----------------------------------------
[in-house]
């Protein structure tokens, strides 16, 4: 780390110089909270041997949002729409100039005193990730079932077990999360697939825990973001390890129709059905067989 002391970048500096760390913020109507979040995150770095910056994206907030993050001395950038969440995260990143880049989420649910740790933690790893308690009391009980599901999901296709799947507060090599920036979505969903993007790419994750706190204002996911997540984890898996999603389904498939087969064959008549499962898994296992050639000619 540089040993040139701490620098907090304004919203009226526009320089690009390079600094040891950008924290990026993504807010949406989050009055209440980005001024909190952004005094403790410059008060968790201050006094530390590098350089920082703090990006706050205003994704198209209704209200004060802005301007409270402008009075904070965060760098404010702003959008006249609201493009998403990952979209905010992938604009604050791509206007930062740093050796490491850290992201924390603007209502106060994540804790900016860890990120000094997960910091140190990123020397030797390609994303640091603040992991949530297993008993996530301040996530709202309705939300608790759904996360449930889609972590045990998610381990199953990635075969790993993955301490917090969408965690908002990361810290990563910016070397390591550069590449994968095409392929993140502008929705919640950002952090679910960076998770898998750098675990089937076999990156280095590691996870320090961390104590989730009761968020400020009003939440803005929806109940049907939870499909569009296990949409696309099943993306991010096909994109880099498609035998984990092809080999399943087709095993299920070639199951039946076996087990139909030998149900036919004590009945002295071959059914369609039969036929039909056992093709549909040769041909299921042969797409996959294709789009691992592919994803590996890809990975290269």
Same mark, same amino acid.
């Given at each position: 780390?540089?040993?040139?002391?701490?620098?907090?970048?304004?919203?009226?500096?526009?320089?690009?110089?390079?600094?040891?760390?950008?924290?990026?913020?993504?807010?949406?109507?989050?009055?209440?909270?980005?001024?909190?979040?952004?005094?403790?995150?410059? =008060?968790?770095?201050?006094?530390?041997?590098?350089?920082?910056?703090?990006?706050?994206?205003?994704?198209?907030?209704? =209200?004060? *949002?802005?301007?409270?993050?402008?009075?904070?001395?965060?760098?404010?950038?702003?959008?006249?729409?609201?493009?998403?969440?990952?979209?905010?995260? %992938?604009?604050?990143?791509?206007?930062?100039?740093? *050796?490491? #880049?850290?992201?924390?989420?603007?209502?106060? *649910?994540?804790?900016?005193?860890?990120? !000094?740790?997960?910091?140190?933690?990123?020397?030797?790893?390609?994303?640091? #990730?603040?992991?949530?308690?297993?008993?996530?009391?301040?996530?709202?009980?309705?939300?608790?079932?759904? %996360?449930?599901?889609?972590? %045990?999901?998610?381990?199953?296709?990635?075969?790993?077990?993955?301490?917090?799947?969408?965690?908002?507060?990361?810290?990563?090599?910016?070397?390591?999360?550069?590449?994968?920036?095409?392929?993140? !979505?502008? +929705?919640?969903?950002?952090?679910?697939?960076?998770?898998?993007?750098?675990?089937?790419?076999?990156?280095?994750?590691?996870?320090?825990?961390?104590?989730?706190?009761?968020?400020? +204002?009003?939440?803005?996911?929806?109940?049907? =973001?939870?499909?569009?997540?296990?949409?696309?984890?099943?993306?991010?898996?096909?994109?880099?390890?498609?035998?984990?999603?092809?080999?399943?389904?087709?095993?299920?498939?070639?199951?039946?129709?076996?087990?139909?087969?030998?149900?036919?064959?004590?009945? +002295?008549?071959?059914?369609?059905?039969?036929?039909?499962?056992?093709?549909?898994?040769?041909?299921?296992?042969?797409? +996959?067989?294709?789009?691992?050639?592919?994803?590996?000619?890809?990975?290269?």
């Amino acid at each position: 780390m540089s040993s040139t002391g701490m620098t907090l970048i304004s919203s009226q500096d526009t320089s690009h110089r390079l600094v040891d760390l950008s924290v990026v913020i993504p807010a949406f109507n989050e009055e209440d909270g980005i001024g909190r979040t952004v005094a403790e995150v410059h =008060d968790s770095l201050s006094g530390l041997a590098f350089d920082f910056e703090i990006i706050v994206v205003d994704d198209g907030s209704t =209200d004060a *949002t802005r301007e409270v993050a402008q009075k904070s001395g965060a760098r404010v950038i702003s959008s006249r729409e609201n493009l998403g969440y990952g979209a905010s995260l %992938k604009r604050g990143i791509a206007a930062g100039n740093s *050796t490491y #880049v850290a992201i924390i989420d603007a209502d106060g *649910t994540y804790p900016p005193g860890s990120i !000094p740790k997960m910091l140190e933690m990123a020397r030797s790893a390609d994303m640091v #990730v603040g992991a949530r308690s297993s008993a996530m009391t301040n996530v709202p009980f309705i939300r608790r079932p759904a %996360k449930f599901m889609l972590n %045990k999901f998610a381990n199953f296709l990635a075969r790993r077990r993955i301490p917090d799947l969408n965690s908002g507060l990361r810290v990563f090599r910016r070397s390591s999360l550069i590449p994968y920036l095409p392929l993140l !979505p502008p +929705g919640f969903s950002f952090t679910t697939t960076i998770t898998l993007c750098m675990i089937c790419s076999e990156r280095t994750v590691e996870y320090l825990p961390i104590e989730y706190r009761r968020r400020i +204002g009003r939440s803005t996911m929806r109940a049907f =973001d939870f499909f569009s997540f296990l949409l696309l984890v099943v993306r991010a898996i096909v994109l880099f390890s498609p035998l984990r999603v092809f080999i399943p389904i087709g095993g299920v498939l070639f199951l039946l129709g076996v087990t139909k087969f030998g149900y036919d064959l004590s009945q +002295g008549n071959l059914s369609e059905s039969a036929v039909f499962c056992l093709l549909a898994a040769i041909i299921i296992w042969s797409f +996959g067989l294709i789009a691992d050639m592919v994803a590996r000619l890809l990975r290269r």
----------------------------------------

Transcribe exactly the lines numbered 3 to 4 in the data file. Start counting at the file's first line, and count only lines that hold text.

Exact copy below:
Same mark, same amino acid.
């Given at each position: 780390?540089?040993?040139?002391?701490?620098?907090?970048?304004?919203?009226?500096?526009?320089?690009?110089?390079?600094?040891?760390?950008?924290?990026?913020?993504?807010?949406?109507?989050?009055?209440?909270?980005?001024?909190?979040?952004?005094?403790?995150?410059? =008060?968790?770095?201050?006094?530390?041997?590098?350089?920082?910056?703090?990006?706050?994206?205003?994704?198209?907030?209704? =209200?004060? *949002?802005?301007?409270?993050?402008?009075?904070?001395?965060?760098?404010?950038?702003?959008?006249?729409?609201?493009?998403?969440?990952?979209?905010?995260? %992938?604009?604050?990143?791509?206007?930062?100039?740093? *050796?490491? #880049?850290?992201?924390?989420?603007?209502?106060? *649910?994540?804790?900016?005193?860890?990120? !000094?740790?997960?910091?140190?933690?990123?020397?030797?790893?390609?994303?640091? #990730?603040?992991?949530?308690?297993?008993?996530?009391?301040?996530?709202?009980?309705?939300?608790?079932?759904? %996360?449930?599901?889609?972590? %045990?999901?998610?381990?199953?296709?990635?075969?790993?077990?993955?301490?917090?799947?969408?965690?908002?507060?990361?810290?990563?090599?910016?070397?390591?999360?550069?590449?994968?920036?095409?392929?993140? !979505?502008? +929705?919640?969903?950002?952090?679910?697939?960076?998770?898998?993007?750098?675990?089937?790419?076999?990156?280095?994750?590691?996870?320090?825990?961390?104590?989730?706190?009761?968020?400020? +204002?009003?939440?803005?996911?929806?109940?049907? =973001?939870?499909?569009?997540?296990?949409?696309?984890?099943?993306?991010?898996?096909?994109?880099?390890?498609?035998?984990?999603?092809?080999?399943?389904?087709?095993?299920?498939?070639?199951?039946?129709?076996?087990?139909?087969?030998?149900?036919?064959?004590?009945? +002295?008549?071959?059914?369609?059905?039969?036929?039909?499962?056992?093709?549909?898994?040769?041909?299921?296992?042969?797409? +996959?067989?294709?789009?691992?050639?592919?994803?590996?000619?890809?990975?290269?």